For all the writers out there currently in the middle of an edit, I feel your pain. Keep in mind that those darlings you’re killing right now will probably be a distant memory by the time your book is well and truly finished. And if they’re not, you can always slap a book cover on top and self-publish them as a companion title to your book, creating some extra income! Now there’s a great reason to edit with enthusiasm, if I ever heard one.

my photoShayna Krishnasamy is a Montreal author of literary and young adult fiction by night and the merchandiser for Kobo Writing Life by day. Shayna’s books are available on Kobo.

Click here to visit Shayna’s website!

 

How To Grab That Coveted Online Audience

By Adam Dreece

Adam Dreece twitter-back3

There’s nothing like finding readers live tweeting your book as they read it, or finding them promoting your book to their friends. It’s one of those things that a couple of months ago, I looked at other authors on Twitter and wondered just how they did it, and could I do it? Now I’m watching it happen and have cracked a 1000 Twitter followers of my own.

I created my twitter account in February, and when I released my first book, The Yellow Hoods: Along Came a Wolf (Book 1) at CalgaryExpo in April, I had maybe 50 followers. At my booth, I figured out how to connect with people, but online I was still a couple months away from that. In June, something clicked. By early August, as I approached 600 highly engaged followers, I realized I’d figured some things out.

Understand Brand

My books (Along Came a Wolf, Breadcrumb Trail) are my products. They are part of a series, The Yellow Hoods, which is my product line, and Adam Dreece is the brand. In my case, my Adam Dreece brand is about smart, young adult fiction that’s layered for adults, has strong female characters and sees people as complex and human. The Yellow Hoods is adventure fiction in a world that is undergoing the beginning of a Steampunk revolution. You’d expect book 3 to follow that pattern as it is in the same product line.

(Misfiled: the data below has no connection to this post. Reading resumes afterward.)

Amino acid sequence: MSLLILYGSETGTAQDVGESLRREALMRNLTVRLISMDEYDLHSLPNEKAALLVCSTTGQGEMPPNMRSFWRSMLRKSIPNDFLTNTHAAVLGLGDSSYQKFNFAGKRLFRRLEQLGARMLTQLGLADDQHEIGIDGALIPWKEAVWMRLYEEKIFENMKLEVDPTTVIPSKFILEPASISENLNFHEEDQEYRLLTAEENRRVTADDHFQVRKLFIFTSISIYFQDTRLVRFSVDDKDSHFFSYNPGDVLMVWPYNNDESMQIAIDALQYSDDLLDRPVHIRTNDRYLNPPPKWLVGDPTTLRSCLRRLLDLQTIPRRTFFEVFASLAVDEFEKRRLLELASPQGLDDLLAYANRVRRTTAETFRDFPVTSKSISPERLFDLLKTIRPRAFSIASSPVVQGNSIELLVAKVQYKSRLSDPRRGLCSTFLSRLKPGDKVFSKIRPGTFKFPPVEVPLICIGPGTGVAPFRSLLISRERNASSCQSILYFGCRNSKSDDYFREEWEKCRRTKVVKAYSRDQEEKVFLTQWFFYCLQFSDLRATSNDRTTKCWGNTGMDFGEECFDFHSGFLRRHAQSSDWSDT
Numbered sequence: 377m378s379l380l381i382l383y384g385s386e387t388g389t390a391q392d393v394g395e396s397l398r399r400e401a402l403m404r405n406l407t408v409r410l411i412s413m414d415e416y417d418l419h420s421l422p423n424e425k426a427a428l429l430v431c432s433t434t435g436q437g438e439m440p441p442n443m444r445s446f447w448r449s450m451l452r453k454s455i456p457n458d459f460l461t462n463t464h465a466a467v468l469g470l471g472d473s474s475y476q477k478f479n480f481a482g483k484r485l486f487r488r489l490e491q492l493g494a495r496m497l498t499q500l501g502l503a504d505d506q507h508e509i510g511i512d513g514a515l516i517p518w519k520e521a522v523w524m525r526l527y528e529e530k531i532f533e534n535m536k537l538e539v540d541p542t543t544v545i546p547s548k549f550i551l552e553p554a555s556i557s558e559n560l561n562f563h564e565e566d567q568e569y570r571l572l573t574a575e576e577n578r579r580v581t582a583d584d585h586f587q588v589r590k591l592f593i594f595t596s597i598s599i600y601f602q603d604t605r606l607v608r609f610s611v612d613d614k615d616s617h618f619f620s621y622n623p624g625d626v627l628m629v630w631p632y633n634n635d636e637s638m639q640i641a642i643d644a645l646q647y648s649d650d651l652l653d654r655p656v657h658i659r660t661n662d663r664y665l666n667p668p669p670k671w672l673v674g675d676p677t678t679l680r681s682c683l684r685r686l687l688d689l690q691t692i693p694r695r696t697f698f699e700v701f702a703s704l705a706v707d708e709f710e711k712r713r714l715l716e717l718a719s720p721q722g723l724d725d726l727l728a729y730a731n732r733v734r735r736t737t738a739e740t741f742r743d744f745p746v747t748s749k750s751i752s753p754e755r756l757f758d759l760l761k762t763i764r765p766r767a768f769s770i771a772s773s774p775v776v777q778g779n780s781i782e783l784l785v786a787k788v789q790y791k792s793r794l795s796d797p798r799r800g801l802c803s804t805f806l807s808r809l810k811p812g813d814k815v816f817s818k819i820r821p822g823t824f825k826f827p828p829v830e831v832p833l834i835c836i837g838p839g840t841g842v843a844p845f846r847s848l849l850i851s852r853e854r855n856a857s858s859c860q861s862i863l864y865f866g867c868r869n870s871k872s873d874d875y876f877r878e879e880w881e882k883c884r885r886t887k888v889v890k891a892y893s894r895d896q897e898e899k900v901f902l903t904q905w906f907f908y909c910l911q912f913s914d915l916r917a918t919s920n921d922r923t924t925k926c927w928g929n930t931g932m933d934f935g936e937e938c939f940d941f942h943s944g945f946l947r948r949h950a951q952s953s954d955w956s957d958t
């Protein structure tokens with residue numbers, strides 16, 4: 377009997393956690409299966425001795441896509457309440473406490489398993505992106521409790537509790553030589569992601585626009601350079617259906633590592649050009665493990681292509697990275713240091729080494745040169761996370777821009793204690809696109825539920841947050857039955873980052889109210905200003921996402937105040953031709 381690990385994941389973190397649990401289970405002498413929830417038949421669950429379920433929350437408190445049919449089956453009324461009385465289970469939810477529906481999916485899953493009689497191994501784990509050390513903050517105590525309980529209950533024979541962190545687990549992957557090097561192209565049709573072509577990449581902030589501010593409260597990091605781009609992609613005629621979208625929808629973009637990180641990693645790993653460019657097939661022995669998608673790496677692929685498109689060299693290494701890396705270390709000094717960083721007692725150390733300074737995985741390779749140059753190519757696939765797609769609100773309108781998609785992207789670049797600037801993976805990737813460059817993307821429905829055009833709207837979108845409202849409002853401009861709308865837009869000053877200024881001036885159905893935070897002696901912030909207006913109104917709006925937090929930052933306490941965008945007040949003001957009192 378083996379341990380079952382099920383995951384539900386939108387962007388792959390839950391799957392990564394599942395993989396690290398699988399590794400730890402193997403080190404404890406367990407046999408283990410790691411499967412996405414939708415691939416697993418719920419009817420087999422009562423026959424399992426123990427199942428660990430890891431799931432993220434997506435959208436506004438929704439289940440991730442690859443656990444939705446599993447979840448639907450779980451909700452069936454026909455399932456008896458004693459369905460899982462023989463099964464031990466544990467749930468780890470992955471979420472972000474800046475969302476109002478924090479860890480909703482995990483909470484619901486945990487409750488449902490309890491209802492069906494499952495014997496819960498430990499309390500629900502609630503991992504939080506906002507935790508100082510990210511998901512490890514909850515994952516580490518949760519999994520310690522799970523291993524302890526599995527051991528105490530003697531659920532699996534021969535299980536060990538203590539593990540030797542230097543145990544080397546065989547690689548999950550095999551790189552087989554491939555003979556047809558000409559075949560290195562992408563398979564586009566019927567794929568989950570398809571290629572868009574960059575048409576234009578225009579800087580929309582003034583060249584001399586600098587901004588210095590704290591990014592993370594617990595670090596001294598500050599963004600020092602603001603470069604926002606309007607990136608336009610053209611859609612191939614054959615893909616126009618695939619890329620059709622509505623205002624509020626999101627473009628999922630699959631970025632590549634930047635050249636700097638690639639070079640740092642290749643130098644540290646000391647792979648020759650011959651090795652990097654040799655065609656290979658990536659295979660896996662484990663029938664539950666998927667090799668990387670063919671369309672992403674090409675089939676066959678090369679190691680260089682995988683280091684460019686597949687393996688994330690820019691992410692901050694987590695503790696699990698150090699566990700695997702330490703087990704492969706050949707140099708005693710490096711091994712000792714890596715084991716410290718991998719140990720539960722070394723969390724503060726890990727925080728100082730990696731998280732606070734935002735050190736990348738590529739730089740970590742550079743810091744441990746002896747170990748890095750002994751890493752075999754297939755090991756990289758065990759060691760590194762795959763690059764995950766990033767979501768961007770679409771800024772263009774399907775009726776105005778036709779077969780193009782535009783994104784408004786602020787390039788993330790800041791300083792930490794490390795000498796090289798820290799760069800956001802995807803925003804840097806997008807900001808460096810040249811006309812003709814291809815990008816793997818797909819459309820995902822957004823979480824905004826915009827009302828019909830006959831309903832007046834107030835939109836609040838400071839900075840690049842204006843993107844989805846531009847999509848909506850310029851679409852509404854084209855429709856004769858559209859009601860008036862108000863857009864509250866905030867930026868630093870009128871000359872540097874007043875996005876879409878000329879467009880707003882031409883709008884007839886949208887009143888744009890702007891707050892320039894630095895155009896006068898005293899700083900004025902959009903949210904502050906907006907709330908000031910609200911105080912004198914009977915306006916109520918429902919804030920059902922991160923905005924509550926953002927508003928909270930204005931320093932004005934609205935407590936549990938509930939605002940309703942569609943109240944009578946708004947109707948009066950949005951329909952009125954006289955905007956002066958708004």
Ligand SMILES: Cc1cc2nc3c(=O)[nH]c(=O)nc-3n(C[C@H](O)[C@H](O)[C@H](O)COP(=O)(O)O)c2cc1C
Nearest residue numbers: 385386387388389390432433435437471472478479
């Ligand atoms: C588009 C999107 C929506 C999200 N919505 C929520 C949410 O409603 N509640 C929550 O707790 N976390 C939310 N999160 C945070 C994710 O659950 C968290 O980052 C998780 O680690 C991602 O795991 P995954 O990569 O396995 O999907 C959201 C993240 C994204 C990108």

Online, everything you post or blog, defines your brand. You should be conscious of what you post and tweet and how you engage people, because it affects your brand.

When people engage with you, they come to know you but more importantly, they come to understand your brand. If they like that brand, they will want it to be a part of that. They could mean buying your book, but that could also be advocating your book, posting tweets about it, blogging about it. They don’t have to be buying it to be ultimately helping sales.

Starting Out

I didn’t The Yellow Hoods: Along Came a Wolf (Book 1)have my brand all figured out when I started. I needed to start engaging people first. I followed a couple of good hashtags (#amwriting, #amreading) and started replying to people’s tweets. I ended up getting a good group of people to chat with, and they followed me and I them.

I quickly learned not to follow everyone back, but rather to check and see if they actually engage with people. I did this by looking at their timelines and then tweeting to them, asking them a question. If they engaged with me, I followed. If they didn’t, I might try again later. Some people are just interested in broadcasting to followers, I’m not interested in being broadcast at. It doesn’t help me build a following and audience.

Through trial and error, I came to understand when people were online (very important to time your tweets so that they have a chance of seeing them), and what would engage them. I then thought about how this communicated who I was and thus how people would interpret my brand.

Providing Value

A core part of building the audience is understanding the value that you can bring to them. When you engage people, it should be about items where you are providing value, as oppose to “I know what you mean” or “Oh, I’ve been there.” There’s room for those type of social ‘chit-chat’ parts, but it won’t likely build you a following. Providing insight into your books, your author’s journey, will. No matter where you are on your author’s journey, there are thousands of people hoping to get to where you are, and thousands ahead of you. I had to get over the idea that I had nothing to say about what someone could go through.

Using your blog is a key item to provide additional value, allowing you to break out of your 140 character prison. I try to blog at least once a week, and while it’s a huge time commitment in addition to working my full time job, having a 3 kid family and trying to write my next book, I do it with my readers in mind because I want to continue to provide them value. If I can’t provide a new blog entry, then I tweet a previous one as some people either may have missed it, or opted not to read it the first time around.

Another way that I provide value is that I answer questions and help people on their author’s journey. This often helps me come up with blog articles, which I then tweet, which then gets me more questions, creating a virtuous circle.

The Traps